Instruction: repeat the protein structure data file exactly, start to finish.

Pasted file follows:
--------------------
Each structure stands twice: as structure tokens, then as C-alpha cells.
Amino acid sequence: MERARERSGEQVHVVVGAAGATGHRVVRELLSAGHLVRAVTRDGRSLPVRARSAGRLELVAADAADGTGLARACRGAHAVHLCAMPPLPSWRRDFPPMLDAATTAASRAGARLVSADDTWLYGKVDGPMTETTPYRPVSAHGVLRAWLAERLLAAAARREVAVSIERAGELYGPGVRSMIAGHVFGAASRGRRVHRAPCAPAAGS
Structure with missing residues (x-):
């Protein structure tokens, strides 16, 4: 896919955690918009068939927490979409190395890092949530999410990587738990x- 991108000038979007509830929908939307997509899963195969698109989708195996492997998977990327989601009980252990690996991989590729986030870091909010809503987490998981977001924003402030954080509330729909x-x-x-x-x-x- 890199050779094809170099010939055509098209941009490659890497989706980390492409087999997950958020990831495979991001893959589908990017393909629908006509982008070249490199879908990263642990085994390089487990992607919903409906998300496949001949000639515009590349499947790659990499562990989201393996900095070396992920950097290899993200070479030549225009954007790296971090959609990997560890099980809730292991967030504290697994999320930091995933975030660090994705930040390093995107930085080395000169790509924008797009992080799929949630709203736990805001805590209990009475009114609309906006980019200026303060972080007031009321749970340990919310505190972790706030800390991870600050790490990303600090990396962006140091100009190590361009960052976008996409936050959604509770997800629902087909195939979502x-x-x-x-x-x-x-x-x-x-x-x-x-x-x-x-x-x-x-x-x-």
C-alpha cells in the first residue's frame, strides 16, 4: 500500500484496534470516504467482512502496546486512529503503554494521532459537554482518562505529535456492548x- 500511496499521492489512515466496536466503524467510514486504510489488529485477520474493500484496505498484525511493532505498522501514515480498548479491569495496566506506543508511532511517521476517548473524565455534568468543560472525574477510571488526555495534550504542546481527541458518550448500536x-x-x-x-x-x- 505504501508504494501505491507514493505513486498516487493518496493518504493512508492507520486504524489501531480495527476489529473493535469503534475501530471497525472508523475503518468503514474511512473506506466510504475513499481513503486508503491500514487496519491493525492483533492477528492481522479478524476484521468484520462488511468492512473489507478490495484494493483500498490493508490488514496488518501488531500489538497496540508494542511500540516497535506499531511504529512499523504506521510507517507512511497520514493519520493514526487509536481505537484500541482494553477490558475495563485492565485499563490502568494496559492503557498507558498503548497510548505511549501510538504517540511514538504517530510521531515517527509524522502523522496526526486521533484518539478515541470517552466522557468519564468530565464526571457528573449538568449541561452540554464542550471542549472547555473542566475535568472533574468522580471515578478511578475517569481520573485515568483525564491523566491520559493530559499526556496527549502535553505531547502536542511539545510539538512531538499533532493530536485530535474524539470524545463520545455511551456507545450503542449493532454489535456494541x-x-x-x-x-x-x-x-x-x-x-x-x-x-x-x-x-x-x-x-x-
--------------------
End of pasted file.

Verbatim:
Each structure stands twice: as structure tokens, then as C-alpha cells.
Amino acid sequence: MERARERSGEQVHVVVGAAGATGHRVVRELLSAGHLVRAVTRDGRSLPVRARSAGRLELVAADAADGTGLARACRGAHAVHLCAMPPLPSWRRDFPPMLDAATTAASRAGARLVSADDTWLYGKVDGPMTETTPYRPVSAHGVLRAWLAERLLAAAARREVAVSIERAGELYGPGVRSMIAGHVFGAASRGRRVHRAPCAPAAGS
Structure with missing residues (x-):
């Protein structure tokens, strides 16, 4: 896919955690918009068939927490979409190395890092949530999410990587738990x- 991108000038979007509830929908939307997509899963195969698109989708195996492997998977990327989601009980252990690996991989590729986030870091909010809503987490998981977001924003402030954080509330729909x-x-x-x-x-x- 890199050779094809170099010939055509098209941009490659890497989706980390492409087999997950958020990831495979991001893959589908990017393909629908006509982008070249490199879908990263642990085994390089487990992607919903409906998300496949001949000639515009590349499947790659990499562990989201393996900095070396992920950097290899993200070479030549225009954007790296971090959609990997560890099980809730292991967030504290697994999320930091995933975030660090994705930040390093995107930085080395000169790509924008797009992080799929949630709203736990805001805590209990009475009114609309906006980019200026303060972080007031009321749970340990919310505190972790706030800390991870600050790490990303600090990396962006140091100009190590361009960052976008996409936050959604509770997800629902087909195939979502x-x-x-x-x-x-x-x-x-x-x-x-x-x-x-x-x-x-x-x-x-």
C-alpha cells in the first residue's frame, strides 16, 4: 500500500484496534470516504467482512502496546486512529503503554494521532459537554482518562505529535456492548x- 500511496499521492489512515466496536466503524467510514486504510489488529485477520474493500484496505498484525511493532505498522501514515480498548479491569495496566506506543508511532511517521476517548473524565455534568468543560472525574477510571488526555495534550504542546481527541458518550448500536x-x-x-x-x-x- 505504501508504494501505491507514493505513486498516487493518496493518504493512508492507520486504524489501531480495527476489529473493535469503534475501530471497525472508523475503518468503514474511512473506506466510504475513499481513503486508503491500514487496519491493525492483533492477528492481522479478524476484521468484520462488511468492512473489507478490495484494493483500498490493508490488514496488518501488531500489538497496540508494542511500540516497535506499531511504529512499523504506521510507517507512511497520514493519520493514526487509536481505537484500541482494553477490558475495563485492565485499563490502568494496559492503557498507558498503548497510548505511549501510538504517540511514538504517530510521531515517527509524522502523522496526526486521533484518539478515541470517552466522557468519564468530565464526571457528573449538568449541561452540554464542550471542549472547555473542566475535568472533574468522580471515578478511578475517569481520573485515568483525564491523566491520559493530559499526556496527549502535553505531547502536542511539545510539538512531538499533532493530536485530535474524539470524545463520545455511551456507545450503542449493532454489535456494541x-x-x-x-x-x-x-x-x-x-x-x-x-x-x-x-x-x-x-x-x-